Saturday, January 12, 2013

Snow, Sidewalks, and Urban Heat Islands. Oh, My!

Yesterday the temperatures raised significantly.

For the first time in a long while, it raised to as high as 39 degrees.  That's snow melting temperature!  Granted, I've seen snow melt even when the temperature is as low as 28, if the sun is out and there isn't much of a breeze, but 39 is pretty much a guarantee that you'll lose some snow.

As early as 11:00 I was able to see some pretty huge effects.  

I've always found melting snow to be pretty fascinating.  It doesn't, after all, melt very evenly.  Melting shows preference for pavement and areas in which the snow never entirely saturated an area, due to cover.

Like this drainage grate.

A large cavity of air created by a drainage grate caused snow to melt from below the surface, rather than from the top of a large pile of snow.

The temperature change due to air from within the drainage vent was so extreme that the snow this air touched melted at a faster rate than the sun touched snow above it.  You can even see that ice had formed on the underside of this pile of snow.


Obviously, you can't see the actual grate in the photo above.  That's because the grate is actually a bit further back.  A large air pocket formed, then was released at a weak point in the snow.  This was originally a large pile of snow created when the snow plow came by.  It's been reduced, literally, to a shell.


One of the things I find fascinating, and even a bit alarming, is that during cold temperatures we can see just what an effect our society has on the environment.  Proof of humanity's ability to effect climate change is right in front of us, if only we allow ourselves to see what's there.

No, I'm not claiming that yesterday's melting snow had anything to do with climate change.  That would be silly, because there's no way I could logically come to that conclusion.  It's a single event in a single city in a single state, within a single country.

Not a whole lot to base a workable theory on!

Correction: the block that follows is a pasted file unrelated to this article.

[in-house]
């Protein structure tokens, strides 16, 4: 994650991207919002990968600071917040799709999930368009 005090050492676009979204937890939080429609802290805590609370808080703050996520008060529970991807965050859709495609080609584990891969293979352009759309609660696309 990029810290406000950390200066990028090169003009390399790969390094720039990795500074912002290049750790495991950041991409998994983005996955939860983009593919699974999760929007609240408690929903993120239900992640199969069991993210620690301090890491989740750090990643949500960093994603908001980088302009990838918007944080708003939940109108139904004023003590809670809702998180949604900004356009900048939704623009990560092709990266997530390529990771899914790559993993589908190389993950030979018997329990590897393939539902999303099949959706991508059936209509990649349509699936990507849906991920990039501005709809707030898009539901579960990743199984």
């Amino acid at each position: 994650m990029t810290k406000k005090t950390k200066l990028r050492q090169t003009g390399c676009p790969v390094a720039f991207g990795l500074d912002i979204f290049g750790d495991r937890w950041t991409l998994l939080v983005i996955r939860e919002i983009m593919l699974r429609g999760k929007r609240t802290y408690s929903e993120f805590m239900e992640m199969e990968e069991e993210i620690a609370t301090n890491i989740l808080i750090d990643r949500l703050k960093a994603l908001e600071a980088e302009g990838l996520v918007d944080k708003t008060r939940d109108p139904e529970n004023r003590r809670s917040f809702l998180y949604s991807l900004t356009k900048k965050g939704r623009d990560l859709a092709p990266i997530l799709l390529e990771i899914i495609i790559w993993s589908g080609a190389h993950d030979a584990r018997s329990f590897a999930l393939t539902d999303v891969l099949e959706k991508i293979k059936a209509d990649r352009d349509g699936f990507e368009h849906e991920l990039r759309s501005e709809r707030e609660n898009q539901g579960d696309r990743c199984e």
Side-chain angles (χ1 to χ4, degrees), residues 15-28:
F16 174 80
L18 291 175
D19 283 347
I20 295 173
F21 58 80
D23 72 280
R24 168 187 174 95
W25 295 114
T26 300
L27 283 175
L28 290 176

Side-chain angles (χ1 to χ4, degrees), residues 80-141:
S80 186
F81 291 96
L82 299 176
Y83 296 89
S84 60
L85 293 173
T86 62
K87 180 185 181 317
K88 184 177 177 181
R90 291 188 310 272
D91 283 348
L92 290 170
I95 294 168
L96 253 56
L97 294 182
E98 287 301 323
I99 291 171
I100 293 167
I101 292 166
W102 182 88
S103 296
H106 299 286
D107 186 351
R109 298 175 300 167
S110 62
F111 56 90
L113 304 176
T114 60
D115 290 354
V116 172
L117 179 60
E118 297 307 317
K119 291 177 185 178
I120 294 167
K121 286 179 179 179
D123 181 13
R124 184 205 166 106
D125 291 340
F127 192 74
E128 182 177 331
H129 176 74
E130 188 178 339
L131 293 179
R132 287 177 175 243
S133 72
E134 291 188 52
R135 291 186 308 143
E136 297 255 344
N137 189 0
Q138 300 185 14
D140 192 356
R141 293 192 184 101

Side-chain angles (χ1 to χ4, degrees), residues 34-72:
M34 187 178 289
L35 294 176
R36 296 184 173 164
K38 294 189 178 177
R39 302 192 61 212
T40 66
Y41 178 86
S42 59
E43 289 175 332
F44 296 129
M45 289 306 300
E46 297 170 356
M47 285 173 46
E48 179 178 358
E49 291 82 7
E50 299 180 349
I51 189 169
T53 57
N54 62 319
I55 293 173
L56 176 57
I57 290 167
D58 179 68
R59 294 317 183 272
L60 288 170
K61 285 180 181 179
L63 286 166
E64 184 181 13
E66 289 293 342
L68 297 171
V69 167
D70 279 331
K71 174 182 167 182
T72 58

However, we can see some evidence of society effecting the overall heat of towns and cities.  This is largely due to the pavement and buildings themselves.  You'll notice that snow always melts on pavement and along the sides of homes long before it melts on the dirt or grasses.

This is predominantly due to the heat generation of the man-made structures and surfaces.  

They don't breathe.  Formed as solid masses with no "breathing holes", these architectural creations take in, as well as generate, large amounts of heat.  This is very obvious in the upper Midwest  due to the melting of snow, but it's also obvious in the desert... perhaps even more so.

A person can choose to walk barefoot on the sand, but that same person's feet will burn if he or she makes the choice to step onto the pavement that's just a step away from the sand.  There's a very real difference between the two surfaces.  Many times, I had even chose to walk barefoot on sharp gravel, rather than dare to touch sidewalks and driveways.

Yeah... I love to walk barefoot.  

I was the go-to person for information on the amount and type of stickers and thorns in a given area when I lived in the desert southwest!  And I hated sidewalks for this reason.

Indeed, a larger amount of heat is generated within cities than rural areas due to the massive concentration of pavement and building structures, as well as the energy that is consumed within these environments.

This is called the urban heat island effect.  NASA has a great article with video that explains it in detail.

So what can we do about it?  

Are we all supposed to go move off to rural areas in order to minimize this damage?  While that would be nice, it would also be ridiculous.  There are small things we can do to reduce the effect of urban heat islands, though, and they don't require a tremendous amount of effort.  Here are a couple.

  • Planting trees to shade your home will offset large amounts of this damage, as well as help with heating costs during the summer.
  • Using gravel or stones - even bricks - for your driveway surface can have a significant impact.  This allows the ground to breathe, and reduces the urban heat island effect in that small area.
Last year I used flat rocks to fill an area in the driveway that had become difficult to drive over.  Indeed, my husband's tires had begun to get stuck in the mud in that location.  Digging into the driveway and setting flat rocks into the area enabled us to have a more stable surface to drive over.  That surface was supposed to be temporary, yet it's still holding up.

several large flat stones placed into a gap in the drive

Even today, with the snow continuing to melt, you can see a bit of slush on top of some of the rocks.  It's the only spot on the driveway where this can be seen, too!  Sure, you have to shovel snow in areas like this a bit differently than you would if the drive was filled with pavement, but it's not difficult.

We all need to do our part to keep this world beautiful for future generations. It doesn't have to be hard.  Even small efforts can reap huge benefits.  We just need to look around us and see what efforts can make the biggest difference.  The work of a single individual can produce great rewards for society as a whole.

What other ideas can you come up with to reduce the effect of urban heat islands?  

The more ideas we have, the more we can do, after all!

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